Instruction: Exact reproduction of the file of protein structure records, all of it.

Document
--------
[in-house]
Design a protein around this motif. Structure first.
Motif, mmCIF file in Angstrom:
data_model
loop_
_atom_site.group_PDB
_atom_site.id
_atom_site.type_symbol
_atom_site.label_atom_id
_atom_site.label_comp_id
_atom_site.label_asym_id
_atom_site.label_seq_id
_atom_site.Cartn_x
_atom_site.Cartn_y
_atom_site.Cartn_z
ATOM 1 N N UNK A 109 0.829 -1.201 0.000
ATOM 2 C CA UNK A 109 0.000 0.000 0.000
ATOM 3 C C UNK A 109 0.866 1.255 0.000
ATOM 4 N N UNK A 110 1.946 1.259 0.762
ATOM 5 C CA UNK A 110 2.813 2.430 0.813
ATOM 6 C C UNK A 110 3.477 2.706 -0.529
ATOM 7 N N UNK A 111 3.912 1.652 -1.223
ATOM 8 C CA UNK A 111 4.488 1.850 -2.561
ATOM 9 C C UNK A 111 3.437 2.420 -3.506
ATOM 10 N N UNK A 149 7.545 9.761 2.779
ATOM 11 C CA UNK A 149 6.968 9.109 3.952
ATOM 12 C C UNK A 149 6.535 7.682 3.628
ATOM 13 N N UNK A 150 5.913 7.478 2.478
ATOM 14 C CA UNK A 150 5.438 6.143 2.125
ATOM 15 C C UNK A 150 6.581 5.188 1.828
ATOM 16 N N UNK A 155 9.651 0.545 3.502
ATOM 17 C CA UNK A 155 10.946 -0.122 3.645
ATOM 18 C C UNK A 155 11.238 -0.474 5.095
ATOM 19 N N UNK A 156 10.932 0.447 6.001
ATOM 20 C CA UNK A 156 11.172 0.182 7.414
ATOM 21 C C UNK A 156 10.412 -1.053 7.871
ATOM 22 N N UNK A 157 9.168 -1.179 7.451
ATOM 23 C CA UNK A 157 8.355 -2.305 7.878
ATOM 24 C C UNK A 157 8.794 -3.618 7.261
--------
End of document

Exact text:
[in-house]
Design a protein around this motif. Structure first.
Motif, mmCIF file in Angstrom:
data_model
loop_
_atom_site.group_PDB
_atom_site.id
_atom_site.type_symbol
_atom_site.label_atom_id
_atom_site.label_comp_id
_atom_site.label_asym_id
_atom_site.label_seq_id
_atom_site.Cartn_x
_atom_site.Cartn_y
_atom_site.Cartn_z
ATOM 1 N N UNK A 109 0.829 -1.201 0.000
ATOM 2 C CA UNK A 109 0.000 0.000 0.000
ATOM 3 C C UNK A 109 0.866 1.255 0.000
ATOM 4 N N UNK A 110 1.946 1.259 0.762
ATOM 5 C CA UNK A 110 2.813 2.430 0.813
ATOM 6 C C UNK A 110 3.477 2.706 -0.529
ATOM 7 N N UNK A 111 3.912 1.652 -1.223
ATOM 8 C CA UNK A 111 4.488 1.850 -2.561
ATOM 9 C C UNK A 111 3.437 2.420 -3.506
ATOM 10 N N UNK A 149 7.545 9.761 2.779
ATOM 11 C CA UNK A 149 6.968 9.109 3.952
ATOM 12 C C UNK A 149 6.535 7.682 3.628
ATOM 13 N N UNK A 150 5.913 7.478 2.478
ATOM 14 C CA UNK A 150 5.438 6.143 2.125
ATOM 15 C C UNK A 150 6.581 5.188 1.828
ATOM 16 N N UNK A 155 9.651 0.545 3.502
ATOM 17 C CA UNK A 155 10.946 -0.122 3.645
ATOM 18 C C UNK A 155 11.238 -0.474 5.095
ATOM 19 N N UNK A 156 10.932 0.447 6.001
ATOM 20 C CA UNK A 156 11.172 0.182 7.414
ATOM 21 C C UNK A 156 10.412 -1.053 7.871
ATOM 22 N N UNK A 157 9.168 -1.179 7.451
ATOM 23 C CA UNK A 157 8.355 -2.305 7.878
ATOM 24 C C UNK A 157 8.794 -3.618 7.261